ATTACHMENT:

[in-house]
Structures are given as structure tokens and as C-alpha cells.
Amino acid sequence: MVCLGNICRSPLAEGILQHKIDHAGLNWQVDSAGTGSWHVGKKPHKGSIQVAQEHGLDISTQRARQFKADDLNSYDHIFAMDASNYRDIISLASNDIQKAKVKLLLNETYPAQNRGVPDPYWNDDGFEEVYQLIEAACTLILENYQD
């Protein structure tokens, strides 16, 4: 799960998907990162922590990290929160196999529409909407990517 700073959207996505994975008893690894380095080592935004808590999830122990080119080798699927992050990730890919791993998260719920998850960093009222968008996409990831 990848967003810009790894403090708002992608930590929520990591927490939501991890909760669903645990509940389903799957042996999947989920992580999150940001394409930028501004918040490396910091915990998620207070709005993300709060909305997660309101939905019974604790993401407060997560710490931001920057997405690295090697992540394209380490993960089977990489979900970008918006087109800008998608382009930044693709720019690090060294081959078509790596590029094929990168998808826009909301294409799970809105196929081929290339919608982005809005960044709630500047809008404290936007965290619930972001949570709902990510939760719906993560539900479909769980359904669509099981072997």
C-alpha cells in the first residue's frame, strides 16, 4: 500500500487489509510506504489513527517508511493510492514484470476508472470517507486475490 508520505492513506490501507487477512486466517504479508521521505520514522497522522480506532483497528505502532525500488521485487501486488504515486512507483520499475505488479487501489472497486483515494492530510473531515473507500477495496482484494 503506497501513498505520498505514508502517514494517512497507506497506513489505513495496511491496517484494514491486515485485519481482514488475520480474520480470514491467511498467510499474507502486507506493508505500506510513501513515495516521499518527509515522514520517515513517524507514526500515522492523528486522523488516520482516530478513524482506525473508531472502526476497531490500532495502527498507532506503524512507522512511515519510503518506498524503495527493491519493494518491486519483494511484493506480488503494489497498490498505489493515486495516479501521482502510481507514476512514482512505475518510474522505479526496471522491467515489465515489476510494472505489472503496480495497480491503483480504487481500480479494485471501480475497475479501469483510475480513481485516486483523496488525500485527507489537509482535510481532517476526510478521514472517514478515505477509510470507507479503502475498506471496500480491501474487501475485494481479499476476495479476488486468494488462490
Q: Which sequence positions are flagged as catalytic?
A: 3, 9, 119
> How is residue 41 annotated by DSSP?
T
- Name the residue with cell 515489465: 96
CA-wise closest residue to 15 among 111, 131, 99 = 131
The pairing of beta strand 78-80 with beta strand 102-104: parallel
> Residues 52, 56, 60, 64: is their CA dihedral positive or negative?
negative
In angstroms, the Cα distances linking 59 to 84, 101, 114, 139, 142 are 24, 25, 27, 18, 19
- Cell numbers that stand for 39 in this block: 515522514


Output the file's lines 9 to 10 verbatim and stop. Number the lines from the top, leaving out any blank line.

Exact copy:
T
- Name the residue with cell 515489465: 96